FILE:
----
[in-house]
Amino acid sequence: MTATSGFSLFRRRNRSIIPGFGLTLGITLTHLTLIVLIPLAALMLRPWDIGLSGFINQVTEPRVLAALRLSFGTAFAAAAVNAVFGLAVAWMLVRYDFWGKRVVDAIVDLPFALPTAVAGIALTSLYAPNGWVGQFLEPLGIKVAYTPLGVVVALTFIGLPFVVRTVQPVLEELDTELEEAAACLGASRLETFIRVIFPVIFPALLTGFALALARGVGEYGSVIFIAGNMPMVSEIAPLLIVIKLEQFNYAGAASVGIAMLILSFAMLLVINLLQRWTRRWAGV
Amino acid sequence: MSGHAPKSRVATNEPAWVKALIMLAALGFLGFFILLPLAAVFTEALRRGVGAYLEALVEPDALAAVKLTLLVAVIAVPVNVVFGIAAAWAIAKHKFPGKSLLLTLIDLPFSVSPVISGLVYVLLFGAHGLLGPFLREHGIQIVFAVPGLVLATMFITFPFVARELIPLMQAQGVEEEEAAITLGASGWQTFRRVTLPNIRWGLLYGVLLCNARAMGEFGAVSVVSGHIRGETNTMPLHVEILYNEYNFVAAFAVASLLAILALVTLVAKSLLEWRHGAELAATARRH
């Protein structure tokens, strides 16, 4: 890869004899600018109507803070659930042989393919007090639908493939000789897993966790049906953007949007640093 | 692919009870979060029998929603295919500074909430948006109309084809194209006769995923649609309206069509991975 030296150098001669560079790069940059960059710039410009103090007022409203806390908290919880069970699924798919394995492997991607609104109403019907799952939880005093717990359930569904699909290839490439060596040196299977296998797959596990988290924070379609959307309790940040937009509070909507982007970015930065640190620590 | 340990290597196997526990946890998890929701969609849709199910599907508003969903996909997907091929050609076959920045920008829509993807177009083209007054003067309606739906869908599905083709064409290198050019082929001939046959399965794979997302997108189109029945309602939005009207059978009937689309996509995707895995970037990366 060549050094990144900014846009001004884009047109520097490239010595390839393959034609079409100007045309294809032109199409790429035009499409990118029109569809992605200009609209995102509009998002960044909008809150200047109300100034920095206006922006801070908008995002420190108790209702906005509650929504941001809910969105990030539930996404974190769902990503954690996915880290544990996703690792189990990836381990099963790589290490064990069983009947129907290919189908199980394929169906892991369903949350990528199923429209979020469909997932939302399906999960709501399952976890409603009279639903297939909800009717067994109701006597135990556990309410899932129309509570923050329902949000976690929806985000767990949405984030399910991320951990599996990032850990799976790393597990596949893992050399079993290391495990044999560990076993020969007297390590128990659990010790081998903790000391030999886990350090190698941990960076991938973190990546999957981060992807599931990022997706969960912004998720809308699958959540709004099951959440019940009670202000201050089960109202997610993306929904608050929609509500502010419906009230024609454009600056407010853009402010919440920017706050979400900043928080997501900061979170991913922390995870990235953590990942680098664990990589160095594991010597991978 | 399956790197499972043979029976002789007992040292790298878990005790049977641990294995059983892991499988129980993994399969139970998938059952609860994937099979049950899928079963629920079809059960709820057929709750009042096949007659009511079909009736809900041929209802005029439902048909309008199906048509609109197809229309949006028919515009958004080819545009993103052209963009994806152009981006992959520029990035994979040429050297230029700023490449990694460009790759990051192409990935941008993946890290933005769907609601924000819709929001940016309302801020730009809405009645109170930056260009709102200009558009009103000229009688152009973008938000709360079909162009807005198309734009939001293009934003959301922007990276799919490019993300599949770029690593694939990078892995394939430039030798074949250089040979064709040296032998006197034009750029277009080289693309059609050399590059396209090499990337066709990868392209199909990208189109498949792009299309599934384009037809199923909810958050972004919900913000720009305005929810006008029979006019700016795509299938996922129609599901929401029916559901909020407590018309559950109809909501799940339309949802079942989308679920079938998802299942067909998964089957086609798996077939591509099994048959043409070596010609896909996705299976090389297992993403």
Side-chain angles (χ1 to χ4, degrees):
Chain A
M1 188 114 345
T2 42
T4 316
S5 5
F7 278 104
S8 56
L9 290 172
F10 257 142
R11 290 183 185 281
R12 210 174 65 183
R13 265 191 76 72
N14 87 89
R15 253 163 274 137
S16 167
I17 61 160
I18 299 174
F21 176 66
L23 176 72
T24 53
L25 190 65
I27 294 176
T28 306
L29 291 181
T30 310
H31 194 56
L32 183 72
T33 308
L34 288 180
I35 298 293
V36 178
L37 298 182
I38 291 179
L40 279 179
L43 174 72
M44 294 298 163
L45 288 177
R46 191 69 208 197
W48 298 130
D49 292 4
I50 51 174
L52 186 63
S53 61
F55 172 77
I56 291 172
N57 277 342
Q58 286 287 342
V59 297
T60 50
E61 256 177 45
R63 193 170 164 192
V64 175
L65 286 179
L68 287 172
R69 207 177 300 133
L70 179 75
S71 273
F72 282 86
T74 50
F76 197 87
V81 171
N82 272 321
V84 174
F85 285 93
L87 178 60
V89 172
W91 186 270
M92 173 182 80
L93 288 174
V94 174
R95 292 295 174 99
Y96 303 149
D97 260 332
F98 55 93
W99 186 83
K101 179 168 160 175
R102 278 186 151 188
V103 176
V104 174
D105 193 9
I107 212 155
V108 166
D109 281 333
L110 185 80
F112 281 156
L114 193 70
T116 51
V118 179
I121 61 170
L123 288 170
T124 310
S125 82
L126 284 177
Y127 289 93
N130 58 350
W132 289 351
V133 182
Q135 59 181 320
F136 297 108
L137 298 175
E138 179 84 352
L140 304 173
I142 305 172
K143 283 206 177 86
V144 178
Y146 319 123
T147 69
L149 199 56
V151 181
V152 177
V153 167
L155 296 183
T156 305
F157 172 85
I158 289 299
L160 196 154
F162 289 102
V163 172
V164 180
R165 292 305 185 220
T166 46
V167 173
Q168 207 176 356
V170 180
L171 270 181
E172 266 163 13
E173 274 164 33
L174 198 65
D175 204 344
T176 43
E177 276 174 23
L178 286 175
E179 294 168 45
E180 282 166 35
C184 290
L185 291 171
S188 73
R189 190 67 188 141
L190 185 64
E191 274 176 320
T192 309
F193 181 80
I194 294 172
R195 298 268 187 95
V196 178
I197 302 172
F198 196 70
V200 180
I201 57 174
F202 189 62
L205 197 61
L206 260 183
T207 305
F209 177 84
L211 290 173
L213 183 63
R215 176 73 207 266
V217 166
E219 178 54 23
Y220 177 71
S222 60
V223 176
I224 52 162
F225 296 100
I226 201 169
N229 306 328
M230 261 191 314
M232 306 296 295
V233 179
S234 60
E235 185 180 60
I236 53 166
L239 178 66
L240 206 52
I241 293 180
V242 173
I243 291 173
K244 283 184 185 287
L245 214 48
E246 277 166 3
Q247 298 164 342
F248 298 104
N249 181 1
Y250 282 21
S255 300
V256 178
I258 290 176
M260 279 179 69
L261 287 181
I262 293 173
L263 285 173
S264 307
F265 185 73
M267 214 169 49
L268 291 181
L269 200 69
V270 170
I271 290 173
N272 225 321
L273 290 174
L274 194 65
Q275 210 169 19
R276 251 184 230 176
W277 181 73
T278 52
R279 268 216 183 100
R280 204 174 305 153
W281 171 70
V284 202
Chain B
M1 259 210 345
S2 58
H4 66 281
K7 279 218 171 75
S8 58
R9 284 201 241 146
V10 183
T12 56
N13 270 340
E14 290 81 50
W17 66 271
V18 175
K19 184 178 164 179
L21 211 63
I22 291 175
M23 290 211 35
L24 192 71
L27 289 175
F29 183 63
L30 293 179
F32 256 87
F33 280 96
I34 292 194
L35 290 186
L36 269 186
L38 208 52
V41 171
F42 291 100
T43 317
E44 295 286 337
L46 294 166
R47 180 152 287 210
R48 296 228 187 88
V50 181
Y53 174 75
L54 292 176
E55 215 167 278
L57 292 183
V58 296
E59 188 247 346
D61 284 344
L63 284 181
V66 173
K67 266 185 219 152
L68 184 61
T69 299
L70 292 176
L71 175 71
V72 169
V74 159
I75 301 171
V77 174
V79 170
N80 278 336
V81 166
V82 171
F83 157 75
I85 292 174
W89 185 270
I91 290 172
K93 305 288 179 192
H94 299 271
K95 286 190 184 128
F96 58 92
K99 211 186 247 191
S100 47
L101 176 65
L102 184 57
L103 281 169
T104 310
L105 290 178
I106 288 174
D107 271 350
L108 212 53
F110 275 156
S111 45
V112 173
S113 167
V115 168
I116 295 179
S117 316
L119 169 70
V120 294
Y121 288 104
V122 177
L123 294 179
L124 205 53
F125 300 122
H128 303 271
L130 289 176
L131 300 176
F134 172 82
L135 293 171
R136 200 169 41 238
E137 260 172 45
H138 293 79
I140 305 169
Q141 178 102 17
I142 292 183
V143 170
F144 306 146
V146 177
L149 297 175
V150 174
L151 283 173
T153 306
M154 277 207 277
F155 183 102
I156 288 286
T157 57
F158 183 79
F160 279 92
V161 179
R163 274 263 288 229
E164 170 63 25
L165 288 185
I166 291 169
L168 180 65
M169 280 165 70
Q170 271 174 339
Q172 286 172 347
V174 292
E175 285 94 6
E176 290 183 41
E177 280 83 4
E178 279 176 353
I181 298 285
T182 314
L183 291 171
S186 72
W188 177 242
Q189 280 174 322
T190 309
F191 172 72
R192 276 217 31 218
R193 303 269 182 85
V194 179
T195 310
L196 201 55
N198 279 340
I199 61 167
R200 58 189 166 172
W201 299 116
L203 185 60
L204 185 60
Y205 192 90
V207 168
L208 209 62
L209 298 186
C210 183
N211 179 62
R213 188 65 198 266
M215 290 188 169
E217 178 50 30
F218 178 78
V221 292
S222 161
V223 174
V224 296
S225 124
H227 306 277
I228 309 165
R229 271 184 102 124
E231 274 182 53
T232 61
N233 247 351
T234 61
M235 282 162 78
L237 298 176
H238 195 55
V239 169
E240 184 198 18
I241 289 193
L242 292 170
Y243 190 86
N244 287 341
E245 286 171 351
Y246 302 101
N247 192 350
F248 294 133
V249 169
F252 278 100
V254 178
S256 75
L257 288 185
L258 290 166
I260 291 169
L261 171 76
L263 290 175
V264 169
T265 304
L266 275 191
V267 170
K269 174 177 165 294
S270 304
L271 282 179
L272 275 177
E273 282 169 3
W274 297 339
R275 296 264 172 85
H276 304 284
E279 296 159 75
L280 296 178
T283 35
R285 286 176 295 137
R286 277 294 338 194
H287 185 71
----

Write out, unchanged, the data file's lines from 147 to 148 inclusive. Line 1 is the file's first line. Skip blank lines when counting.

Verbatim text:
F193 181 80
I194 294 172